Last week brought the type of fall weather that is so gorgeous that it makes me sound like Goldilocks: September is too hot, and November is too cold, but these sunny, cool October days are juuust right. Made for snuggling up in a sweatshirt in the evening. Ideal for jogging outside in long pants and a short-sleeve shirt. And, of course, perfect for getting excited about enjoying my favorite fall foods (/drinks): soup, butternut squash, and red wine.
I ended up with a butternut squash in vegetable garden sort of by accident. I had saved some kabocha squash seeds and planted them, but the first couple of seedlings got destroyed by a strong storm and a puppy running through the garden. I figured I’d just have to wait until next year to try hard squash, but then I noticed that the compost bin was sprouting all sorts of veggies. I tried planting some of the sprouts that looked like squash, hoping one would be a kabocha, and instead I got a very healthy butternut. I swear I did not fertilize this thing more than once or twice; I’ve grown butternut before, and they did not turn out this gargantuan. The first one I picked was pushing 8 pounds and made me seriously consider entering a county fair for the first time ever.
So, feeling thankful that butternut freezes well, I set about making a soup with at least part of this enormous squash. I love the classic butternut-sage combo, so I used some fresh sage (and parsley) from the garden. Since I wanted the finished soup to be super smooth and not have little pieces of herbs floating in it, instead of chopping up the sage and parsley, I tossed the sprigs in whole while the soup simmered and removed them later.
Instead of peeling the raw butternut, I first roasted it unpeeled and then removed the peel, for two reasons. First of all, any hard squash can be a pain to peel when it’s raw, but it’s a piece of cake once it’s cooked. But besides that, handling butternut gives me that awful skin reaction pretty badly, and minimal touching of the raw squash helps avoid it.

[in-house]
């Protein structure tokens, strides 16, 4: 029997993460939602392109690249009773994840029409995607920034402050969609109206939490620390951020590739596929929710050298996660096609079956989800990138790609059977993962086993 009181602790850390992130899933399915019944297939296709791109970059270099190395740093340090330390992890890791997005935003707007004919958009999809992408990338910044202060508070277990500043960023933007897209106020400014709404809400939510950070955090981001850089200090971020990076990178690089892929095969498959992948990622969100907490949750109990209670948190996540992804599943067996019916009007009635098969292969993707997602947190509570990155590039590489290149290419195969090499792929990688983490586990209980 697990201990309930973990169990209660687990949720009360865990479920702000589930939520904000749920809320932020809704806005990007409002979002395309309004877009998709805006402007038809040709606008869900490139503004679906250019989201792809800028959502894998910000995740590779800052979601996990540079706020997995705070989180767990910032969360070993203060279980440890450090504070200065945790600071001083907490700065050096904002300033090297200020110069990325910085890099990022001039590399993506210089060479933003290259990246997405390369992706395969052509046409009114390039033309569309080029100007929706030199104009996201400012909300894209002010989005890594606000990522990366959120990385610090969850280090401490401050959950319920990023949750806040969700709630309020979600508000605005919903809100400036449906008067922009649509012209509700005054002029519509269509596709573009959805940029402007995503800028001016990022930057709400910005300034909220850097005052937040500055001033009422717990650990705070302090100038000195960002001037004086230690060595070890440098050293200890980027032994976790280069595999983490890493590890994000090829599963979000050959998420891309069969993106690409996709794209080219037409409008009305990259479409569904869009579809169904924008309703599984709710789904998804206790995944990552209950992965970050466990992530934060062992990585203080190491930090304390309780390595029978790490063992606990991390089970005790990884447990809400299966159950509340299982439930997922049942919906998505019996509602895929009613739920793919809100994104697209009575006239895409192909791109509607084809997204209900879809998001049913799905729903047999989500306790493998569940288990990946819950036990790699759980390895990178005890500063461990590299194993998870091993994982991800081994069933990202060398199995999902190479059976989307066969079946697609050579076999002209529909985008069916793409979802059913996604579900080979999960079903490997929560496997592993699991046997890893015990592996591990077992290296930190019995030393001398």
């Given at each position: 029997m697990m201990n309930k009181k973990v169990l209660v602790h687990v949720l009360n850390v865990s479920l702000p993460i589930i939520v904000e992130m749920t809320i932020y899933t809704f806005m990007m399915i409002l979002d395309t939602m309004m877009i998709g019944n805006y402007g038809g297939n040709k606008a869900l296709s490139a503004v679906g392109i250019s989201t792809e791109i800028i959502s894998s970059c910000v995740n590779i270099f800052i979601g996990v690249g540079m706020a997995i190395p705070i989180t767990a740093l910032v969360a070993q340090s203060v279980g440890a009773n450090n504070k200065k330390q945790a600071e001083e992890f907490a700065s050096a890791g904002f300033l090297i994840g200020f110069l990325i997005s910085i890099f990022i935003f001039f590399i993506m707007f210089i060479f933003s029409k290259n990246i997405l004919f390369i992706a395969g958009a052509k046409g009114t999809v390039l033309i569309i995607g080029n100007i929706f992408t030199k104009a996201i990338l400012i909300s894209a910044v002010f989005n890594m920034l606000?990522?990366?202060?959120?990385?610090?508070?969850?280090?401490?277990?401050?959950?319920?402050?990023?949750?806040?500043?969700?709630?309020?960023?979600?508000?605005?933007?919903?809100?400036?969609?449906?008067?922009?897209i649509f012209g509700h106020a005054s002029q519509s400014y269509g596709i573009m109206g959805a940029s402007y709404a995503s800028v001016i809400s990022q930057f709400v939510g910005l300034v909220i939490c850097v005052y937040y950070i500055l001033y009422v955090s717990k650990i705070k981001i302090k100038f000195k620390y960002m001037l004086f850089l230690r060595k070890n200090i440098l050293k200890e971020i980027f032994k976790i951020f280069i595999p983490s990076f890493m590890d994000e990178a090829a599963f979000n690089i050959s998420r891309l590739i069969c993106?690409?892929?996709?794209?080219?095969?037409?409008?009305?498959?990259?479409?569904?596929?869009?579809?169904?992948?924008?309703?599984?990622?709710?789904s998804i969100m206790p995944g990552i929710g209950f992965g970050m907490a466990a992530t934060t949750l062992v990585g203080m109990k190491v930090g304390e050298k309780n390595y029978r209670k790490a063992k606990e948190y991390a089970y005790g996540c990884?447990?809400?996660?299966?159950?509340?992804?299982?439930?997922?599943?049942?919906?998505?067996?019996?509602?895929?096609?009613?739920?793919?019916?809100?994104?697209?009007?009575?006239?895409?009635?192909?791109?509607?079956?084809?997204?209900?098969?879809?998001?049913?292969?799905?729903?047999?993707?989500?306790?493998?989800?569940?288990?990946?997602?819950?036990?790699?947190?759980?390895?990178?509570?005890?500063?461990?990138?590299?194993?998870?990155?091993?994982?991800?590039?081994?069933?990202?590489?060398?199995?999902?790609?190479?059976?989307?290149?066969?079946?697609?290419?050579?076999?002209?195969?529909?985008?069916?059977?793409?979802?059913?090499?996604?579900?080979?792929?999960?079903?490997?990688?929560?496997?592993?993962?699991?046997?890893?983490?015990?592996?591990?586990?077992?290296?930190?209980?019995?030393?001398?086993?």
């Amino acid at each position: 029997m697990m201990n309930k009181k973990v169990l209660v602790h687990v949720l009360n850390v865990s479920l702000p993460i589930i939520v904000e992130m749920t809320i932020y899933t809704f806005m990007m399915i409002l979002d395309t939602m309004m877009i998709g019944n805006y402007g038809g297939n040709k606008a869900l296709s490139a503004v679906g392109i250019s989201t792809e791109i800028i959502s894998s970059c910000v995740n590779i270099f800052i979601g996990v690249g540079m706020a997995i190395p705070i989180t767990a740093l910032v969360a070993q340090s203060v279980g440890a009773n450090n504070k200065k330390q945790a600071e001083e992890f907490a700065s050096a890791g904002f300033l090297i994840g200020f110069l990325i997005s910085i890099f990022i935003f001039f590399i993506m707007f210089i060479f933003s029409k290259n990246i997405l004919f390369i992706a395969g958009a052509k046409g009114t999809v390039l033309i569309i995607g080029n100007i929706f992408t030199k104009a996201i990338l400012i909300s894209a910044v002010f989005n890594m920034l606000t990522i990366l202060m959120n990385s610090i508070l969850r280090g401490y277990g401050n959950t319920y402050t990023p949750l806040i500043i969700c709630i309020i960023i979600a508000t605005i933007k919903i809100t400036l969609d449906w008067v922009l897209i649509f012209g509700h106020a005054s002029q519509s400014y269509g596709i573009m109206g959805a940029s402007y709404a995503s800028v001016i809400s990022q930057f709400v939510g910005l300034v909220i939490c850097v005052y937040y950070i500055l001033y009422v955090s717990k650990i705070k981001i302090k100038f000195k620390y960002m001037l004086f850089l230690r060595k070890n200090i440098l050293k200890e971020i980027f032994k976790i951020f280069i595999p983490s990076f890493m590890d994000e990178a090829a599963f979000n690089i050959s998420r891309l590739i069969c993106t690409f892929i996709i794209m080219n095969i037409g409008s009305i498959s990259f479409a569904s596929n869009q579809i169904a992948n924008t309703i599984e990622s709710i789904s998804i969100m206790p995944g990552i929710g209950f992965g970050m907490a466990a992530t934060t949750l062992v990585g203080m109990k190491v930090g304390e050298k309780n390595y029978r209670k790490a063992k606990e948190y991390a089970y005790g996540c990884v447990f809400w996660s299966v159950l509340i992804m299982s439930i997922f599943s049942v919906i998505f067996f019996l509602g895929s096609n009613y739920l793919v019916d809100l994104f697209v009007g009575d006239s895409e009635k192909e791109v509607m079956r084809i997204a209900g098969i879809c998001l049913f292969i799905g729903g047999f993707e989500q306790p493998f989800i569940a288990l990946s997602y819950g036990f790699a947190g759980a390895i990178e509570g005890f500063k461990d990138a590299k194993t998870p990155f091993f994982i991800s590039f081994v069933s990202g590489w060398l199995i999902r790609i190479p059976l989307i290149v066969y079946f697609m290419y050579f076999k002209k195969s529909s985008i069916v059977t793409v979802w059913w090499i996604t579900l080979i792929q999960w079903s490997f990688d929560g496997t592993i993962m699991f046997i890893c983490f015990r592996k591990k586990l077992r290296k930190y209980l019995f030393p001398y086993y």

I wanted the soup to have a least a little protein and heft without adding milk or cream, so I used a can of cannellini beans, liquid and all. They are super soft and creamy and blend up beautifully without adding a strong bean flavor to the soup.
For serving, some Parmesan gets grated on top because grated Parmesan makes almost any soup better, right? Also, although I did want the soup itself to be as smooth as possible, it’s nice to have a little crunch too, and a handful of roasted pine nuts does the job nicely.
Note: The soup could turn out thicker or thinner if the ratio of squash to broth is changed. I used a scale and weighed my squash, but that was 3 pounds of pure, solid squash flesh, no seeds at all.
Butternut and Cannellini Bean Soup with Sage
serves 4-6 (I got 5 main-course servings out of this)
- 3 lb. butternut squash (or a little more if you’re weighing a whole squash with seeds—see the note)
- 1 Tbsp. butter, melted
- 3/4 tsp. kosher salt, divided, plus more
- 1 large shallot, minced (about 1/2 cup)
- 4 large garlic cloves, minced
- 2 Tbsp. olive oil
- 4 c. chicken broth
- 1 15.5-oz. can of cannellini beans
- 2 sprigs of fresh sage (about 20 leaves total)
- 2 sprigs of fresh parsley
- 1 Tbsp. brown sugar
- 1/4 tsp. freshly grated nutmeg
- freshly ground white pepper (black pepper is fine; it’s just not as pretty)
- about 1/2 c. finely grated fresh Parmesan
- about 3 Tbsp. pine nuts, toasted
- Preheat the oven to 425º. Cut the butternut into medium-sized (3″) chunks. No need to peel it. Place the chunks on a Silpat- or parchment-lined baking sheet, brush with the melted butter, and sprinkle with 1/2 tsp. of the kosher salt. Bake until tender, about 30 minutes. It’s ok if the squash is not not 100% cooked because it’s going to simmer in the soup for a while. When the squash is cool enough to handle, use a paring knife to remove the peel from the chunks.
- Heat the oil in a soup pot over medium to medium-low heat. When the oil is warm, add the shallot and the remaining 1/4 tsp. kosher salt, and sauté until golden brown, about 4 minutes.
- Add the garlic. Stir constantly until fragrant, about 1 minute.
- Add the beans (with the bean water—no need to rinse and drain), the chicken stock, the peeled butternut chunks, the parsley, and the sage. Turn the heat up and bring to a boil, then reduce heat and simmer for 20 minutes.
- Take the pot off the heat. Remove the sage and parsley sprigs. Add the nutmeg and brown sugar, and let cool for a little while.
- Puree with an immersion blender until completely smooth. (If you don’t have an immersion blender, use a food processor or regular blender, puree the soup in batches, and return to the pot; just make sure that the soup is plenty cool before you do this because the steam released when you blend hot liquids can blow the top off your blender and make scalding soup splatter all over you (I say from prior experience…).)
- Taste the soup. Season with white pepper and add more salt to taste.
- Just before serving, top each bowl of soup with about 2 Tbsp. of the Parmesan and a small handful of the toasted pine nuts.